12. 12.
    van der Worp HB, Howells DW, Sena ES, Porritt MJ, Rewell S, O’Collins V, et al. Can animal models of disease reliably inform human studies? PLoS Med. 2010;7(3):e1000245.CrossRefPubMedCentralPubMedGoogle Scholar
  13. 13.
    Watanabe S, Kang DH, Feng L, Nakagawa T, Kanellis J, Lan H. Uric acid, hominoid evolution, and the pathogenesis of salt-sensitivity. Hypertension. 2002;40(3):355–60.CrossRefPubMedGoogle Scholar
  14. 14.
    Feig D, Kang D, Johnson R. Uric acid and cardiovascular risk. N Engl J Med. 2008;359:1811–21.CrossRefPubMedCentralPubMedGoogle Scholar
  15. 15.
    Selby JV, Friedman GD, Quesenberry Jr CP. Precursors of essential hypertension: pulmonary function, heart rate, uric acid, serum cholesterol, and other serum chemistries. Am J Epidemiol. 1990;131(6):1017–27.PubMedGoogle Scholar
  16. 16.
    Nakanishi N, Okamoto M, Yoshida H, Matsuo Y, Suzuki K, Tatara K. Serum uric acid and risk for development of hypertension and impaired fasting glucose or type II diabetes in Japanese male office workers. Eur J Epidemiol. 2003;18:523–30.CrossRefPubMedGoogle Scholar
  17. 17.
    Sundstrom J, Sullivan L, D’Agostino RB, Levy D, Kannel WB, Vasan RS. Relations of serum uric acid to longitudinal blood pressure tracking and hypertension incidence. Hypertension. 2005;45:28–33.CrossRefPubMedGoogle Scholar
  18. 18.
    Yang T, Chu CH, Bai CH, You SL, Chou YC, Hwang LC, et al. Uric acid concentration as a risk marker for blood pressure progression and incident hypertension: a Chinese cohort study. Metabolism. 2012;61(12):1747–55.CrossRefPubMedGoogle Scholar
  19. 19.
    Gaffo AL, Jacobs DR, Sijtsma F, Lewis CE, Mikuls TR, Saag KG. Serum urate association with hypertension in young adults: analysis from the Coronary Artery Risk Development in Young Adults cohort. Ann Rheum Dis. 2013;72:1321–7.CrossRefPubMedGoogle Scholar
  20. 20.
    Forman JP, Choi H, Curhan GC. Plasma uric acid level and risk for incident hypertension among men. J Am Soc Nephrol. 2007;18:287–92.CrossRefPubMedGoogle Scholar
  21. 21.•
    van Durme C, van Echteld IA, Falzon L, Aletaha D, van der Heijde DM, Landewé RB. Cardiovascular risk factors and comorbidities in patients with hyperuricemia and/or gout: a systematic review of the literature. J Rheumatol Suppl. 2014;92:9–14. Exhaustive but concise review of all literature to date regarding hyperuricemia, gout, and cardiovascular disease, focusing on less-biased studies.CrossRefPubMedGoogle Scholar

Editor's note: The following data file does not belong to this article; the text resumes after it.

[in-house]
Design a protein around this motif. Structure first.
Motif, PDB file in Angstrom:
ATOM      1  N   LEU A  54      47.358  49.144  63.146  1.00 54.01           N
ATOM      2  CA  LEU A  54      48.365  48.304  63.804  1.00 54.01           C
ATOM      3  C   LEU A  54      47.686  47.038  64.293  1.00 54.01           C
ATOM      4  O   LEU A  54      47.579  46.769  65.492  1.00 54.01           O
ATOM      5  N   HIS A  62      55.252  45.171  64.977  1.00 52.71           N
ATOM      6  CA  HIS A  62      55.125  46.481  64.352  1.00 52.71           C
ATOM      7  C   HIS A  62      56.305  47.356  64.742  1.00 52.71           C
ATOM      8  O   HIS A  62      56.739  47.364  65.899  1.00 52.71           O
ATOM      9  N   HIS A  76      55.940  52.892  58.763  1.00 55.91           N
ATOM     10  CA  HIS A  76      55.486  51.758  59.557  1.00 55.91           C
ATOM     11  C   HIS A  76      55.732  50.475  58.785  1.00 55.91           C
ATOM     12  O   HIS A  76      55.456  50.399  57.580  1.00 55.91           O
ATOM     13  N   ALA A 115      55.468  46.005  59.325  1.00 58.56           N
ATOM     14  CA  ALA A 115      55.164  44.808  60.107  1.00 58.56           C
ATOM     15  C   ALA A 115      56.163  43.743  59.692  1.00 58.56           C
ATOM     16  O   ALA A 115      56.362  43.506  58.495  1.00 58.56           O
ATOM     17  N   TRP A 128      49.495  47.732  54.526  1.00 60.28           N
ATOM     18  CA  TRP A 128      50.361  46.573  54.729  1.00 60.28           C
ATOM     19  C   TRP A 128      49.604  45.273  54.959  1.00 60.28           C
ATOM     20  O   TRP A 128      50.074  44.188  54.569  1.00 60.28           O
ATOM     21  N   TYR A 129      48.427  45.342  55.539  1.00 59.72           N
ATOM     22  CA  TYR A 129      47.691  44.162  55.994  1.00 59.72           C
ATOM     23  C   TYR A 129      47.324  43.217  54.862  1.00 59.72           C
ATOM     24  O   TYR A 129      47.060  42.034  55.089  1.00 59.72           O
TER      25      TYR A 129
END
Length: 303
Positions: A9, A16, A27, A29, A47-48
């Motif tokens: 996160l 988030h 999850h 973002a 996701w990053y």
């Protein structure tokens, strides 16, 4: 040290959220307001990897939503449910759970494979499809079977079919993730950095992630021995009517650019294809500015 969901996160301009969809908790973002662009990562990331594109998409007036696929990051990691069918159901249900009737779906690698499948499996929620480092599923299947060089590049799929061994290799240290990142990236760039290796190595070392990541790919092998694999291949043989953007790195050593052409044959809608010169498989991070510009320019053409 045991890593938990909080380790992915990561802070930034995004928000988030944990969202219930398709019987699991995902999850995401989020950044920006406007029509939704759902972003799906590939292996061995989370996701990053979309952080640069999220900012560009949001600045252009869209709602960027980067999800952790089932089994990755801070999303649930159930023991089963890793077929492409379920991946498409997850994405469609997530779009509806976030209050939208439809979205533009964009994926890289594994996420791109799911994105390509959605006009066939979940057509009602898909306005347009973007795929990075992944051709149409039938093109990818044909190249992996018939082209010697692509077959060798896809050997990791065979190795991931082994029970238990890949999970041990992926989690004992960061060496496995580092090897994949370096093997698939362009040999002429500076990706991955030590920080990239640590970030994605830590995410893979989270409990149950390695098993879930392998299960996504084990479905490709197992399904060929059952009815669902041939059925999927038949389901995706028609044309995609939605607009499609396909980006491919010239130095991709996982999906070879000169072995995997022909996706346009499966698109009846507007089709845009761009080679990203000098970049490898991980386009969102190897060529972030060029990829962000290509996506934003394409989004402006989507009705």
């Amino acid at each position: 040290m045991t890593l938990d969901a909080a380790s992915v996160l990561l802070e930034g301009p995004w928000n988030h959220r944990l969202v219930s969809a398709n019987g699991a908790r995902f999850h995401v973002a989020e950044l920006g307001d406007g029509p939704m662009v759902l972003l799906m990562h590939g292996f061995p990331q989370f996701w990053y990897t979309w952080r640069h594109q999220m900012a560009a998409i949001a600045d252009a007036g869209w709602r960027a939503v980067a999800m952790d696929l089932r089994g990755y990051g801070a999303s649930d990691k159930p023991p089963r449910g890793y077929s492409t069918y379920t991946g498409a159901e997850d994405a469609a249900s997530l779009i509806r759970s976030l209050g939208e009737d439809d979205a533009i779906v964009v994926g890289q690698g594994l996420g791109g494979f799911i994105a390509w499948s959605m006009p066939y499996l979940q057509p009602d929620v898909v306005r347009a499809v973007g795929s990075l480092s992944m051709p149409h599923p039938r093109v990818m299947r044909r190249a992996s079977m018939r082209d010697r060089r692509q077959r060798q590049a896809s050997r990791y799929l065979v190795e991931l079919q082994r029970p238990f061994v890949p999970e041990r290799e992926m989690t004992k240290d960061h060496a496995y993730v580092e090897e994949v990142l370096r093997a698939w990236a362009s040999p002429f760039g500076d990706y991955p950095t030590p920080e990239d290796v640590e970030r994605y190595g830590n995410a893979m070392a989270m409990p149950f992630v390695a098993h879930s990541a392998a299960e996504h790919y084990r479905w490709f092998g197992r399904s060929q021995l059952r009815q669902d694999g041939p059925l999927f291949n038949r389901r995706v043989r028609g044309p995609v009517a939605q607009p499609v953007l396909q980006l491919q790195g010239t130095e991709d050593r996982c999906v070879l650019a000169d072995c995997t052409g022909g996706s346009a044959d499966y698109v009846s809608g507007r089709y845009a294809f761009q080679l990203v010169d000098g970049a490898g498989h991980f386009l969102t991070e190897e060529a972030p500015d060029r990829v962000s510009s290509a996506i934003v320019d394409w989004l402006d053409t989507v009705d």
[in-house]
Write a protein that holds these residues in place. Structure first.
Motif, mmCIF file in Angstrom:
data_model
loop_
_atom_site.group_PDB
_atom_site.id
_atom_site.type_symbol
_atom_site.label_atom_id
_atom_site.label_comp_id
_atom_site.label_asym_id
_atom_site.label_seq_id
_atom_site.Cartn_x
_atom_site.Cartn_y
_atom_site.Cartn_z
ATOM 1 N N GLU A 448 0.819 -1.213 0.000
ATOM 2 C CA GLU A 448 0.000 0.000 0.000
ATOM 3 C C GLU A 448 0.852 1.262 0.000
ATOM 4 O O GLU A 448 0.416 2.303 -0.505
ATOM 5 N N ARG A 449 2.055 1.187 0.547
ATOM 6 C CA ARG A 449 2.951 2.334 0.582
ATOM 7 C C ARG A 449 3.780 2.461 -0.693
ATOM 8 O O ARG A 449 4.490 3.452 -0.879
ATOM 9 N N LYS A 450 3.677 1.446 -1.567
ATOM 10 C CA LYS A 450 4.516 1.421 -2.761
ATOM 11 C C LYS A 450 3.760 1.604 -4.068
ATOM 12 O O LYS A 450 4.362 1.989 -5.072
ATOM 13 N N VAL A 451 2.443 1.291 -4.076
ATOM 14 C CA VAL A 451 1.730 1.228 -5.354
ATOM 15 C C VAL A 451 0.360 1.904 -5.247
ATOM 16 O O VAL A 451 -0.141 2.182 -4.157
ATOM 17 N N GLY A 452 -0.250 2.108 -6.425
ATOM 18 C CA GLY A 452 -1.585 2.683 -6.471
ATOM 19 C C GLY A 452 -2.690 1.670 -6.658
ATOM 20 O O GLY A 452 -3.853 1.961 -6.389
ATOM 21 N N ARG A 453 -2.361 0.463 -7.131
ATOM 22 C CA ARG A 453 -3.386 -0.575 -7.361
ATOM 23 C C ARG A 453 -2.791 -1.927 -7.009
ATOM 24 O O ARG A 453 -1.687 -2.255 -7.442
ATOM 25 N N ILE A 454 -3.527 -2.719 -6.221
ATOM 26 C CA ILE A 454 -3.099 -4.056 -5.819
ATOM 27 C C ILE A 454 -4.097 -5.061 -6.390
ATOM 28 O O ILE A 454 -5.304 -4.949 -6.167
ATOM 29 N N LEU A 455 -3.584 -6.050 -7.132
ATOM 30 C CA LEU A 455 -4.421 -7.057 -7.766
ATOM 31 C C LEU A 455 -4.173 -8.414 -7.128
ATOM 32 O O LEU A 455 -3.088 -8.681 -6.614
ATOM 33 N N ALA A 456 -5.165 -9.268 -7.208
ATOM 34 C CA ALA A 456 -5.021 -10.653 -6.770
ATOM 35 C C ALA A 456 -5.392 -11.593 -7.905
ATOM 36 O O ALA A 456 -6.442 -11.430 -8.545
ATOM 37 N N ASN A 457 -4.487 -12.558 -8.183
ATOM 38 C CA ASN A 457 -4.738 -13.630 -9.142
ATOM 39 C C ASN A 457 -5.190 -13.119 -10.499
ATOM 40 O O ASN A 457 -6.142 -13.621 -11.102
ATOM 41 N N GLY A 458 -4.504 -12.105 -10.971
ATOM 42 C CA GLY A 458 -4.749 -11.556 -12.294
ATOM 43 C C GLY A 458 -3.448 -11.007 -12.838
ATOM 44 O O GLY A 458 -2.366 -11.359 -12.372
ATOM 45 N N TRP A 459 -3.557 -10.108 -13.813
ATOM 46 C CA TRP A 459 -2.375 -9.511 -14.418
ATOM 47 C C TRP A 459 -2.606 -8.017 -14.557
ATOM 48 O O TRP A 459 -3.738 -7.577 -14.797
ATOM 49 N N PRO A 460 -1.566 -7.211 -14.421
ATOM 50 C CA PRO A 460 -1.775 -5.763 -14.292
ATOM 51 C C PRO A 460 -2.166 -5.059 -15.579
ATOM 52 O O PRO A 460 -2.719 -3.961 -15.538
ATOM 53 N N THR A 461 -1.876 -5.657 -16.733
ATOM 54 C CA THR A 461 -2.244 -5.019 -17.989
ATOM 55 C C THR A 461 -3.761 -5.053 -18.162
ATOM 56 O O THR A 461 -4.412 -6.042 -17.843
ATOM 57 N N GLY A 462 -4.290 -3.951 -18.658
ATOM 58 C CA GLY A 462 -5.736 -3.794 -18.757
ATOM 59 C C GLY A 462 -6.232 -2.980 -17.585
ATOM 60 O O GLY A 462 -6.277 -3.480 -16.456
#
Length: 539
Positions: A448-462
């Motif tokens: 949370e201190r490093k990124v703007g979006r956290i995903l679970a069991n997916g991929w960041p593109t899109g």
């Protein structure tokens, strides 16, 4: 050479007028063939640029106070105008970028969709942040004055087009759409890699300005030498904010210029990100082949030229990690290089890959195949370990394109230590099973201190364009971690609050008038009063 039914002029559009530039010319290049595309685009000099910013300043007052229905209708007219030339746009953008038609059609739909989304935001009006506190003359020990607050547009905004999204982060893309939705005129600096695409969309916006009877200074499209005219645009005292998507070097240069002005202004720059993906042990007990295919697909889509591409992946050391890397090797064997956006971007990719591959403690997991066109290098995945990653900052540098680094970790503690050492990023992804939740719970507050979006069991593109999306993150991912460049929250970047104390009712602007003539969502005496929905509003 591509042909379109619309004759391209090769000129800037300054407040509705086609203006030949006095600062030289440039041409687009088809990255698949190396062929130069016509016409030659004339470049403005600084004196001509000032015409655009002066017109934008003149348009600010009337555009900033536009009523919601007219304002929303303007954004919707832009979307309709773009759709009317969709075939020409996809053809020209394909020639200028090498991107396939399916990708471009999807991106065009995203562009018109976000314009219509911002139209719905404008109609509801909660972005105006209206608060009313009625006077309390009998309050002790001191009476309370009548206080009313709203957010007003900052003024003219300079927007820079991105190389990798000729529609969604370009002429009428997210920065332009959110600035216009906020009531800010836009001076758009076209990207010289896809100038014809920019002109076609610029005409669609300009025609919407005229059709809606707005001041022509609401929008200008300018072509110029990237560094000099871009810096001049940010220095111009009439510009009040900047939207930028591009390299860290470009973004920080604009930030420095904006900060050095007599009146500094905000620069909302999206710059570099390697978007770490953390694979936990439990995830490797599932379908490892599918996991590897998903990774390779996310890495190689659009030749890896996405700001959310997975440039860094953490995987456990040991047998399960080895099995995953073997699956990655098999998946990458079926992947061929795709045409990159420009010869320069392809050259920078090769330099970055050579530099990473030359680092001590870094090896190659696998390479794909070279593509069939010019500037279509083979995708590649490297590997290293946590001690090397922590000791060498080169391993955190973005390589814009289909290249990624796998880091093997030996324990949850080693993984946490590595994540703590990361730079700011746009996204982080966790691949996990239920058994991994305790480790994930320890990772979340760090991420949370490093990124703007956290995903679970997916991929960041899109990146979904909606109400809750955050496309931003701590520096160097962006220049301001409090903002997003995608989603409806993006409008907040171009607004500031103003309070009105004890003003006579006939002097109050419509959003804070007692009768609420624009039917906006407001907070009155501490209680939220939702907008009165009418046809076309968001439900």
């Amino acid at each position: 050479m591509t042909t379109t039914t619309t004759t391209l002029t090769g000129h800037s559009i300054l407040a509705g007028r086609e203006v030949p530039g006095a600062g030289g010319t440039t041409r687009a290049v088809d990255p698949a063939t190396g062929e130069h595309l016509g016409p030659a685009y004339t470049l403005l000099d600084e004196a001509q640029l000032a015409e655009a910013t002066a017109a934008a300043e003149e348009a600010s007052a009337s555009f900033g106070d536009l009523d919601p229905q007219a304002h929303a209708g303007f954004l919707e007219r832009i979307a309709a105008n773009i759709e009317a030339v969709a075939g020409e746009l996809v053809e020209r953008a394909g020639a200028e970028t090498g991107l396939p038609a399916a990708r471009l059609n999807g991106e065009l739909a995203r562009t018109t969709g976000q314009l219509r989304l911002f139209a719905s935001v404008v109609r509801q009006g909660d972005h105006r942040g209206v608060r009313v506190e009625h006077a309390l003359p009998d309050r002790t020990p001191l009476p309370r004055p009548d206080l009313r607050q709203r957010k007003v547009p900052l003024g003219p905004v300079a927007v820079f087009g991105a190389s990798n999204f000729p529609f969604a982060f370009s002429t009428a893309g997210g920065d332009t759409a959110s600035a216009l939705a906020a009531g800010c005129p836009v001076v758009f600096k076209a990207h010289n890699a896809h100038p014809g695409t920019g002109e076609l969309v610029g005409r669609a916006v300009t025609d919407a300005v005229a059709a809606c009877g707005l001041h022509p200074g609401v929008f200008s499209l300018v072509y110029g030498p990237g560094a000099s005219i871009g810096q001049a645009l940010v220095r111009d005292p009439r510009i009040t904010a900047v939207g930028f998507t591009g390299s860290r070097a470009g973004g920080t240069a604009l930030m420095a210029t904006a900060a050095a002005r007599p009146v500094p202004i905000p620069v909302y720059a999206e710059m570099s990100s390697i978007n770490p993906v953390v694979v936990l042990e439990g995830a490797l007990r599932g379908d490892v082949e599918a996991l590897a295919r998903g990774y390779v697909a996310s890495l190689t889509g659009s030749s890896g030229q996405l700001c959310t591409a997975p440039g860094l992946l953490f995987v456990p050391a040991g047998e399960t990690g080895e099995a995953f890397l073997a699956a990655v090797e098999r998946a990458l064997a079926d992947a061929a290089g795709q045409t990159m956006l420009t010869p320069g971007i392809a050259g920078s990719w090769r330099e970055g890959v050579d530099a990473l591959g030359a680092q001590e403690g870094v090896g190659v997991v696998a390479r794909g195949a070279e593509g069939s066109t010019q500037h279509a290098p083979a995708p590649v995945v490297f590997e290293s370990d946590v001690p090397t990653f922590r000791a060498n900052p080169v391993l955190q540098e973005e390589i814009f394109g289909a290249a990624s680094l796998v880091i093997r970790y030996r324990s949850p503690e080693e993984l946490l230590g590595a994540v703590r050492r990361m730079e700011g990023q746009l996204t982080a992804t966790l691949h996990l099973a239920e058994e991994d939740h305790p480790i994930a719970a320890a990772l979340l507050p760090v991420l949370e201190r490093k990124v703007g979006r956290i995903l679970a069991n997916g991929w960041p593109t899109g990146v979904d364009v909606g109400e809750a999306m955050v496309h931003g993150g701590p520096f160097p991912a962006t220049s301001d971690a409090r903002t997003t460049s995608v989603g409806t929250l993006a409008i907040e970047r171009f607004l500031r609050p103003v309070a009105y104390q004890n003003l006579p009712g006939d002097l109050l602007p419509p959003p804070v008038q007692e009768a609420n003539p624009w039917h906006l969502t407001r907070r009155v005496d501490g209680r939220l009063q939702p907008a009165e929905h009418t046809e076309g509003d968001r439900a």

22. 22.•
    Wang J, Qin T, Chen J, Li Y, Wang L, Huang H, et al. Hyperuricemia and risk of incident hypertension: a systematic review and meta-analysis of observational studies. PLoS One. 2014;9(12):e114259. This meta-analysis exhaustively reviewed the literature on hyperuricemia and hypertension and concluded that hyperuricemia increases the risk of incidental hypertension in a dose-dependent manner.CrossRefPubMedCentralPubMedGoogle Scholar
  23. 23.
    Gois PH, Luchi WM, Seguro AC. Allopurinol on hypertension: insufficient evidence to recommend. J Clin Hypertens (Greenwich). 2013;15(9):700.CrossRefGoogle Scholar
  24. 24.•
    Gois PH, Souza ER. Pharmacotherapy for hyperuricemia in hypertensive patients. Cochrane Database Syst Rev. 2013;1:CD008652. A systematic review on anti-hypertensives for hyperuricemia that underscores the need for prospective clinical trials.PubMedGoogle Scholar
  25. 25.
    Song K, Wang Y, Wang G, Zhang Q, Jiao H, et al. Does decreasing serum uric acid level prevent hypertension?—a nested RCT in cohort study: rationale, methods, and baseline characteristics of study cohort. BMC Public Health. 2013;13:1069.CrossRefPubMedCentralPubMedGoogle Scholar
  26. 26.
    Kim SY, Guevara JP, Kim KM, Choi HK, Heitjan DF, Albert DA. Hyperuricemia and coronary heart disease: a systematic review and meta-analysis. Arthritis Care Res. 2010;62(2):170–80.Google Scholar
  27. 27.
    Baker JF, Schumacher HR, Krishnan E. Serum uric acid level and risk for peripheral arterial disease: analysis of data from the multiple risk factor intervention trial. Angiology. 2007;58:450–7.CrossRefPubMedGoogle Scholar
  28. 28.